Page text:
By Matt Paxton, president, Shipbuilders Council of America
In the wake of the tragic loss of the El Faro and her 33-member crew during Hurricane Joaquin, familiar opponents of the maritime industry have shamefully used this difficult time as a weak attempt to blame the Jones Act for the tragedy.
The highly customized vessels that operate between U.S. ports are built specifically for the unique trade that they operate in. The vessels lead the world in both safety and technological advancements. More importantly, U.S.-built vessels are subject to strict safety regulations. So to imply that vessels that do not have to observe rigorous U.S. safety standards are safer than those that do defies common sense.
To try and connect the Jones Act – a law that strengthens our economic and national security – to this tragedy during a period when our industry is mourning the loss is not only incorrect, but also shameful. The United States, including our shipyard and repair industry, leads the world in ship construction advancements, including launching the world’s first LNG-powered containership – with millions more to come in investments in building and infrastructure.
The critics of the Jones Act and the build requirement choose to ignore the cold hard facts. While we will never see them acknowledge our industry’s economic accomplishments and safety standards – including providing nearly 500,000 good paying jobs in all 50 states and $39 billion in output into the U.S. economy – we are exceedingly proud of those accomplishments.
Our industry is also proud to serve as a backbone for the brave men and women who protect our homeland. That’s why the Jones Act has wide bipartisan support in Congress, from every modern day president and the highest levels of leadership in our armed forces. When Vice Chairman of the Joint Chiefs of Staff Gen. Paul Selva was asked about his support of the Jones Act, he replied, “… Without the contribution that the Jones Act brings to the support of our industry there is a direct threat to national defense.”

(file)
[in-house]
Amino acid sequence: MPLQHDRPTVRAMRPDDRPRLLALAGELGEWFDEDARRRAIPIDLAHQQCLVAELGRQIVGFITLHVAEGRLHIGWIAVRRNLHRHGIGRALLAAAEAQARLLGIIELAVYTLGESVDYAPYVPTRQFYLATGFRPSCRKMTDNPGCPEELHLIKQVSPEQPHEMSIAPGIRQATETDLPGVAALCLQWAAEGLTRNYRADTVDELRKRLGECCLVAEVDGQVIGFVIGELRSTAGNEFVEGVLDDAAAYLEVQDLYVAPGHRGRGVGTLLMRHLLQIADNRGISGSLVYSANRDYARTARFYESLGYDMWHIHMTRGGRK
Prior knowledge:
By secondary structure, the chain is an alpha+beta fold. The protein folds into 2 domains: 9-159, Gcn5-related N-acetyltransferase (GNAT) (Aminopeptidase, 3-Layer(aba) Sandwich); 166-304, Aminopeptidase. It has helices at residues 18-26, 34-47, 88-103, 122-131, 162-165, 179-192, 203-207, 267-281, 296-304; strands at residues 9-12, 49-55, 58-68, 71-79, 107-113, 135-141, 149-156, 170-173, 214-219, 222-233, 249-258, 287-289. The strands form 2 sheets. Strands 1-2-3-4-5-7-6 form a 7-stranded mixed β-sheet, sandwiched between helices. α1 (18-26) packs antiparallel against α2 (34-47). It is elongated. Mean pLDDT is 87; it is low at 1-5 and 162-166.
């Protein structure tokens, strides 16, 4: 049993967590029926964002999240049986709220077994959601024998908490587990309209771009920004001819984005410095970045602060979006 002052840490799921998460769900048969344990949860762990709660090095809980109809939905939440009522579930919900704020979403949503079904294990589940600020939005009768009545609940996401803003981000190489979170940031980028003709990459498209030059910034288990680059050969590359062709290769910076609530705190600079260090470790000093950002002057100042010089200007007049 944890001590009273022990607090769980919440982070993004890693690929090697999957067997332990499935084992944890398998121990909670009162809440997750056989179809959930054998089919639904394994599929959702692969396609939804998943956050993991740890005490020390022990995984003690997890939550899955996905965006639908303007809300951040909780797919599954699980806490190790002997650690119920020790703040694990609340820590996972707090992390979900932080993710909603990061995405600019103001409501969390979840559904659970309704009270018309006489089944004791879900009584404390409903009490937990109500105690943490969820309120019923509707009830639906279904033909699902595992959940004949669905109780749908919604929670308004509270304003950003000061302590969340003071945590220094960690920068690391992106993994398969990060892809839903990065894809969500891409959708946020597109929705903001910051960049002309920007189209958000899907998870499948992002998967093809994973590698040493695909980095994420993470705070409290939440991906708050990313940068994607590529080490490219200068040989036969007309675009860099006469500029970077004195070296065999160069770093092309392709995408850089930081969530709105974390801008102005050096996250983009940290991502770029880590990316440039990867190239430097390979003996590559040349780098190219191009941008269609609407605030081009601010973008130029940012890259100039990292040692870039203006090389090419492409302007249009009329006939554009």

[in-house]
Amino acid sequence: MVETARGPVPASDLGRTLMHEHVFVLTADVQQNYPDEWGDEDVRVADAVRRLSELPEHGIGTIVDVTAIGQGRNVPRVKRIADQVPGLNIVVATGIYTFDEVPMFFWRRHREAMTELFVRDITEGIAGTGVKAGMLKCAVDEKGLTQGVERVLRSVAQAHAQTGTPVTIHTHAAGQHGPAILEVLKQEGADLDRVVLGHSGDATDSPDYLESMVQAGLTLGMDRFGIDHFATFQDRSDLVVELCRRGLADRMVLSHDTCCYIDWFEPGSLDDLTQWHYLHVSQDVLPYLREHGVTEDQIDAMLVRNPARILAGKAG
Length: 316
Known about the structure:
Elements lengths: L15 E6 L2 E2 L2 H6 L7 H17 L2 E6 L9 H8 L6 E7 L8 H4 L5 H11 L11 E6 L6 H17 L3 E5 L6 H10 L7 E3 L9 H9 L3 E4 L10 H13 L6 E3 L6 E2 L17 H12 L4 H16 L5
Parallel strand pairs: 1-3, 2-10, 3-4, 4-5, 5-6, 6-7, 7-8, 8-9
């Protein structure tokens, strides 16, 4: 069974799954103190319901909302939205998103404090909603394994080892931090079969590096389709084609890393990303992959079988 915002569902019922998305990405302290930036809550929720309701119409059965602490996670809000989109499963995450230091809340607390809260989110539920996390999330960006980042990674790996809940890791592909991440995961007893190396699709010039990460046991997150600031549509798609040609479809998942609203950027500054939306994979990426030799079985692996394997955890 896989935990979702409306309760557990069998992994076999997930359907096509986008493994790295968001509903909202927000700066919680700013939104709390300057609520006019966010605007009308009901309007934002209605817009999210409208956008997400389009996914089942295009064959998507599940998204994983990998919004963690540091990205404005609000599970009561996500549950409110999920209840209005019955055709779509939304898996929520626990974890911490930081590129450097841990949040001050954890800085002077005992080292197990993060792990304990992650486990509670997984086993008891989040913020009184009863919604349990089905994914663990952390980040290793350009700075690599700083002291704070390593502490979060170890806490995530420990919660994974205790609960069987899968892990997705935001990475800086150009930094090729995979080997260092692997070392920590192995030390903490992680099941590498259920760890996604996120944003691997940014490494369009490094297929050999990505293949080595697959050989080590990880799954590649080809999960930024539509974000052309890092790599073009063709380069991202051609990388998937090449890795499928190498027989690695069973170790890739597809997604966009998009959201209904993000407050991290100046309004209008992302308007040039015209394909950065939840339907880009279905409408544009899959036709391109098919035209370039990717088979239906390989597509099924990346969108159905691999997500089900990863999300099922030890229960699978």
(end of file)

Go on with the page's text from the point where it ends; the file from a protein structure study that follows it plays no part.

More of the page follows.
Adm. Paul Zukunft, the Coast Guard commandant, recently warned against the threat of repealing the Jones Act. “At the end of the day, it will put our entire U.S. fleet in jeopardy. And in a time of crisis, who are we going to charter to carry our logistics? Very difficult if we don’t have a U.S.-flagged ship.”
Despite some of the uninformed statements being touted by critics, the U.S. shipbuilding and ship repair industry remains one of the strongest, safest, and most innovative industries in the world.
Any time a mariner is lost, our industry feels it deeply into our very core. We at the Shipbuilders Council of America stand in strong solidarity with the men and women who served the El Faro as well as their families. Baseless attacks from critics who only seek to gain economically from this difficult time insult the legacy of these mariners and their families, and they need to stop.
Matt Paxton is the president of the Shipbuilders Council of America. In this capacity, he advocates for a robust and expanding U.S. shipyard industrial base. He is also a lawyer, focusing on maritime law and environmental issues.
The views and opinions expressed in this blog are the author’s and not necessarily those of WorkBoat.